And this goes on and on for every dollar borrowed for a new house the money recirculates 5 to 7 times benefiting everybody!

On the other hand if an unsecured bond is floated at 3% a short term rate for the purpose of buying stock on the hopes that the stock price will appreciate at 6% then only the stock holder can get a quick 3% profit at the expense of the bond holder.

The Trump administration gave the US a great jump start last year so I doubt we will see a severe recession.
Theoretically loan underwriting could be reformed so that nobody could borrow with a blatant greed motive.
We are still a long way from communism.

posted on Apr, 1 2019 @ 09:11 PM

originally posted by: lakenheath24
a reply to: strongfp

Ummm, you might want to educate yourself on federal school loans. They are given by the government and CANNOT be defaulted on.

That is over $1.5 trillion dollars of debt that has to be repaid no matter what. AS a matter of fact, one of the biggest debts by older people is them taking out loans for their grandkids.

The student loan scam was a gift to the banksters.
They are almost risk free high interest rate non dis-chargeable loans for them to make bank.
That is why the costs have risen so high, smart money chasing after risk free money.

posted on Apr, 1 2019 @ 09:25 PM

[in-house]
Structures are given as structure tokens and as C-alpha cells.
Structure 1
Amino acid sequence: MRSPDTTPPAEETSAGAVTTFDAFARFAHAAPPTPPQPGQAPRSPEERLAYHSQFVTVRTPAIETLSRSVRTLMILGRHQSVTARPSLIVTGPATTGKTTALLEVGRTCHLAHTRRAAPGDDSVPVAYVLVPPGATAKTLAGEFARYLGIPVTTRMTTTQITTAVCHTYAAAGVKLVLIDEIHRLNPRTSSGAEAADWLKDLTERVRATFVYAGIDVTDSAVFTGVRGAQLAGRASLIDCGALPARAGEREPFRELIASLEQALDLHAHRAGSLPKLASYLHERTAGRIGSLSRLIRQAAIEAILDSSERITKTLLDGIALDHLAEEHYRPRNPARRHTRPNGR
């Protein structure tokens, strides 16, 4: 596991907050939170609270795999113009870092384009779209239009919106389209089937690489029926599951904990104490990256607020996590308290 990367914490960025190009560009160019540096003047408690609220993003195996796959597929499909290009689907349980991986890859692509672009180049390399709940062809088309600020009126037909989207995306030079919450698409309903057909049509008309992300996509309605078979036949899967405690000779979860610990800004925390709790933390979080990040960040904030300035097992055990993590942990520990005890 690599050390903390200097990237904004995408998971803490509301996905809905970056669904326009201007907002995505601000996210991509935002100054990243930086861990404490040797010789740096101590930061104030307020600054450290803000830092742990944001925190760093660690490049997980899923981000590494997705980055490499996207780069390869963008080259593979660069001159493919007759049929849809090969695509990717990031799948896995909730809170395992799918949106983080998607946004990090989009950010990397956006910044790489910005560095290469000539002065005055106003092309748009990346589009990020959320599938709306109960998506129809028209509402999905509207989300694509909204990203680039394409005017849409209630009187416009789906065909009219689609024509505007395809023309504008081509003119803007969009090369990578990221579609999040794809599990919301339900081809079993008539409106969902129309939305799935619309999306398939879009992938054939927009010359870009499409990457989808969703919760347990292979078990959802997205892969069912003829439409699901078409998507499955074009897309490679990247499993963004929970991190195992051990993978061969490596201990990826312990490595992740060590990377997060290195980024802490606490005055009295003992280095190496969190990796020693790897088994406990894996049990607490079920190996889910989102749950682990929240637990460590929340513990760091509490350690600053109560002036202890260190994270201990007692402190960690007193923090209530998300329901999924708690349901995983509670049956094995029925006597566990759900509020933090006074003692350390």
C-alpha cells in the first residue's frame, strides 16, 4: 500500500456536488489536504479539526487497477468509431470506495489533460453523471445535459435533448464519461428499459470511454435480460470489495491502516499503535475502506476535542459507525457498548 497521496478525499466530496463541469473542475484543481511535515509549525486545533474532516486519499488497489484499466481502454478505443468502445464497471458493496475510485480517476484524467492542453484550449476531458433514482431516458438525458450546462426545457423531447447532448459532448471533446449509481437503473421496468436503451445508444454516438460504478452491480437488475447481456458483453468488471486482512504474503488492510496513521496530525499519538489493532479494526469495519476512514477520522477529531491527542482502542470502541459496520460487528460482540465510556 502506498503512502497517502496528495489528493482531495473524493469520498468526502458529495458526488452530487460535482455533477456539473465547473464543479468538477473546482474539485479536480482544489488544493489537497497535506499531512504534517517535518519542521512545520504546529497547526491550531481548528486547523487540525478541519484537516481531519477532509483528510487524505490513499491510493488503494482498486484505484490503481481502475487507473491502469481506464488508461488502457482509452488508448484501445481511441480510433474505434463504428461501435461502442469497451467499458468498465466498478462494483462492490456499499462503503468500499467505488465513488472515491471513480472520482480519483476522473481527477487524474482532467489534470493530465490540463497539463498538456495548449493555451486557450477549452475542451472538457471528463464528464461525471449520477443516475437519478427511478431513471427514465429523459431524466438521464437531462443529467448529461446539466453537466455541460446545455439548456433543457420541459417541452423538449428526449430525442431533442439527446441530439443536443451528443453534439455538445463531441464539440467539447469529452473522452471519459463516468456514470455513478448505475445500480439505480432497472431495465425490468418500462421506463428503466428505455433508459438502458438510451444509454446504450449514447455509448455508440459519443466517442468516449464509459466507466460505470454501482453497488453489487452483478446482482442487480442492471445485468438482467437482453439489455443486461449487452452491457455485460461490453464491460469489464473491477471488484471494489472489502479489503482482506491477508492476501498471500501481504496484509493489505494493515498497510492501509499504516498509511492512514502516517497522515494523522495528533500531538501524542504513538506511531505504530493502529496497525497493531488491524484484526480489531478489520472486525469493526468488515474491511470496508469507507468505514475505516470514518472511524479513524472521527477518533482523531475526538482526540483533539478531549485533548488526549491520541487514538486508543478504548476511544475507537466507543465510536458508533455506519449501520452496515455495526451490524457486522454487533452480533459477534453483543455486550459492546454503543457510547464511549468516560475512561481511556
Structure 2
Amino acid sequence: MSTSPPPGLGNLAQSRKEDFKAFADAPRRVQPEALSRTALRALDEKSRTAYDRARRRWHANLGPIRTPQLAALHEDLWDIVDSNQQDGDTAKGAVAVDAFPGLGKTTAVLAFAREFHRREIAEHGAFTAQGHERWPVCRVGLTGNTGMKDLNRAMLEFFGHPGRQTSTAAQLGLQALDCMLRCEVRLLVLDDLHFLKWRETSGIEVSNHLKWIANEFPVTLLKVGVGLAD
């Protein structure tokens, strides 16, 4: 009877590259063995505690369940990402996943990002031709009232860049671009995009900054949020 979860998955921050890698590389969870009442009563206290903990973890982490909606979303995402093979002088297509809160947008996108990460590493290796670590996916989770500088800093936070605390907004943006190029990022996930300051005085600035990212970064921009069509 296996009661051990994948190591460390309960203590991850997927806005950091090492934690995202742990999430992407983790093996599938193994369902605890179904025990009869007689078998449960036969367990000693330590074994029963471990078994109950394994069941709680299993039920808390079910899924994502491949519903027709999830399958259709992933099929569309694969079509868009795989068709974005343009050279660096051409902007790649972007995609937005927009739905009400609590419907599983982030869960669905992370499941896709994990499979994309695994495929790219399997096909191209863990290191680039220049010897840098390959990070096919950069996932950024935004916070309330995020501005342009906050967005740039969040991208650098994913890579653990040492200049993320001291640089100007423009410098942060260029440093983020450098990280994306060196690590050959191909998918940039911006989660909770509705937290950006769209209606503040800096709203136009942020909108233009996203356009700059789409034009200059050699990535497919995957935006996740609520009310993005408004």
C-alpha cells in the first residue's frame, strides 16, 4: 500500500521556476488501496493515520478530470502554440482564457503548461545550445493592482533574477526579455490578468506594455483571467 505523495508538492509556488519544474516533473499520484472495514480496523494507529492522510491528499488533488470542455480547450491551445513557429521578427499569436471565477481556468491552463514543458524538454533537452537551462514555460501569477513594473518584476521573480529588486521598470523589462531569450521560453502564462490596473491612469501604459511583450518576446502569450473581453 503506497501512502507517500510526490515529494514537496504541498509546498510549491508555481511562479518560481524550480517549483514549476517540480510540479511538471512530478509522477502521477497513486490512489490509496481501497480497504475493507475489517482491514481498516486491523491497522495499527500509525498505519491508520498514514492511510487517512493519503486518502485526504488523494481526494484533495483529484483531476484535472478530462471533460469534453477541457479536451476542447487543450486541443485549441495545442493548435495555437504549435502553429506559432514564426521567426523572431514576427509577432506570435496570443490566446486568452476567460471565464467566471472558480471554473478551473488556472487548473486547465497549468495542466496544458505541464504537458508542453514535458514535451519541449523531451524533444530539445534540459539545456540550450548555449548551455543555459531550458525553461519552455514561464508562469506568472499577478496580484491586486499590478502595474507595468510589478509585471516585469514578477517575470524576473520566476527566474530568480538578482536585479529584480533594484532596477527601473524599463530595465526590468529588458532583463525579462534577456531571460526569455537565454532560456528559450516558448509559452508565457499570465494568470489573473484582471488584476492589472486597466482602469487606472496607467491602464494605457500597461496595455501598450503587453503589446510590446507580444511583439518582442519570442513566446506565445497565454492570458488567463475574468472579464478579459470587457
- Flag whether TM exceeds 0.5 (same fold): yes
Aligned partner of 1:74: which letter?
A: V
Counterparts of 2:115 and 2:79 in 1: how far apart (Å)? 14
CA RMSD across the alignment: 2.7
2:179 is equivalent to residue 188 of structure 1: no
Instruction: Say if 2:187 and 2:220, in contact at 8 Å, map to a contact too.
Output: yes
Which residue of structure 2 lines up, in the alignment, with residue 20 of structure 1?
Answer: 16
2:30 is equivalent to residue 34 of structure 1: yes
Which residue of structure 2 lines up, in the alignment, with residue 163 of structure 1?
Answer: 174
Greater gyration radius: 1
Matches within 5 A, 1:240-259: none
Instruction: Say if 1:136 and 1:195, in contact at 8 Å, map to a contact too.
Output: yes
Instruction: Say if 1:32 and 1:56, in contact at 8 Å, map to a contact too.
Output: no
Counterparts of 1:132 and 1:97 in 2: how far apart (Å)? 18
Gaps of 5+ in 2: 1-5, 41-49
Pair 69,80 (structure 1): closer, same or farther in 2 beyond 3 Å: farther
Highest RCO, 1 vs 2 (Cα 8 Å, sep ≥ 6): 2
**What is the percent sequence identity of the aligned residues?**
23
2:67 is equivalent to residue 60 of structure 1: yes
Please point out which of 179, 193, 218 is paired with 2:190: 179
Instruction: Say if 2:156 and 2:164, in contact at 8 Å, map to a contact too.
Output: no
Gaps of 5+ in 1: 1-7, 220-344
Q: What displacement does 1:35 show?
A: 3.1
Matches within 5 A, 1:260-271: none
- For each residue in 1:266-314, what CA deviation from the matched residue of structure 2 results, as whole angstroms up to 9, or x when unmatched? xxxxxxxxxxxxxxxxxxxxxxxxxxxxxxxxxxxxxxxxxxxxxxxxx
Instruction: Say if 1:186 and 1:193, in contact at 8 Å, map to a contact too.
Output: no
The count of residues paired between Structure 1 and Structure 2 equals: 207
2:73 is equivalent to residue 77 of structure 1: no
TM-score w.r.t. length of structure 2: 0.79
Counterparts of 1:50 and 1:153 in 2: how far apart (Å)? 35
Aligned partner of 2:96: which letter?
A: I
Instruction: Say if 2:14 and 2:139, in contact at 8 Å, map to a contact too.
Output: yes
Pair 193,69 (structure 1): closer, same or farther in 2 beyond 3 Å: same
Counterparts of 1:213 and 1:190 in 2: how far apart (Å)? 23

My theory is as long as people continue to copulate and have babies the economy will continue to hum along.

posted on Apr, 1 2019 @ 09:39 PM
a reply to: gladtobehere

Jason Burack of Wall St for Main St claims "economists at the Fed" are openly talking about negative interest rates and even debt jubilee (that 2nd thing will never happen as far as I can see though)

I do believe we are going to see a recession and increased prices for all sorts of necessities and luxuries - central banks and the gov do NOT want to allow deflation (bankers cannot exploit the masses as easily and gov cannot tax as effectively when prices go down)

posted on Apr, 1 2019 @ 10:32 PM
a reply to: gladtobehere

If it was going to collapse then there would have been NO financial handout when the banks overextended their lending practices!

But they did, so it didn’t. Not saying it might dive and suck your 401K down the hole but the collapse has “safety breaks” so doubt that it will happen.

A major “readjustment” is coming... has been since I have been alive... but it is always delayed? Hum? Trillions in debt and still we pile on. Like money ain’t worth the hemp it is printed on!!

It won’t be a collapse but freedom!

posted on Apr, 2 2019 @ 12:30 AM
a reply to: FamCore

Jubilee debt relief for the poorest countries sounds like a trap, remember what happened to Greece?

Here in the States, Fed chairman Powell indicated we will probably leave $3.5 trillion worth of US debt from the 2008 mortgage crisis on the books for now.

The countries that default will likely lose their currency value but would not have to float a lot of high interest yield bonds.

Less competition for bond yields means lower interest rate required to attract buyers to the US bonds when the Fed finally does decide to unwind.